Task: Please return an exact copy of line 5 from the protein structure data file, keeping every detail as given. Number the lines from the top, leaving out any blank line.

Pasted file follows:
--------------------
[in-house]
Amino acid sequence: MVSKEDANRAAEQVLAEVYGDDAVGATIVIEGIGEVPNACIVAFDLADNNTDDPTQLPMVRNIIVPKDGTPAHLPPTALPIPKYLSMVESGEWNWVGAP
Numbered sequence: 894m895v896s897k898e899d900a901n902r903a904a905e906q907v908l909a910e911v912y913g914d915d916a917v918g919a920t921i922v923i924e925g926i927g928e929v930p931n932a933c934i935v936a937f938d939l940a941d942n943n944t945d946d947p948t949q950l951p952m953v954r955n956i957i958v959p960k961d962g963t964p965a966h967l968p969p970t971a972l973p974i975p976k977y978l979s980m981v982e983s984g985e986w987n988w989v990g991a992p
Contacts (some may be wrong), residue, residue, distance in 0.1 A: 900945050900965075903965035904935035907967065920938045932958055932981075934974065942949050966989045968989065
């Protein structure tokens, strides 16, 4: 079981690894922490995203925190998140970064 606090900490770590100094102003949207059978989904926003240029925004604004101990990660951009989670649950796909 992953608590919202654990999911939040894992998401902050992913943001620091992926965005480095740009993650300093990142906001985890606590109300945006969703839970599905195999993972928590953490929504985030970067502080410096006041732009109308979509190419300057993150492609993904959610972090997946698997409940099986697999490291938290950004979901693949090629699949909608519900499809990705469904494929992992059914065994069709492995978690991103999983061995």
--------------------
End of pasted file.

């Protein structure tokens, strides 16, 4: 079981690894922490995203925190998140970064 606090900490770590100094102003949207059978989904926003240029925004604004101990990660951009989670649950796909 992953608590919202654990999911939040894992998401902050992913943001620091992926965005480095740009993650300093990142906001985890606590109300945006969703839970599905195999993972928590953490929504985030970067502080410096006041732009109308979509190419300057993150492609993904959610972090997946698997409940099986697999490291938290950004979901693949090629699949909608519900499809990705469904494929992992059914065994069709492995978690991103999983061995």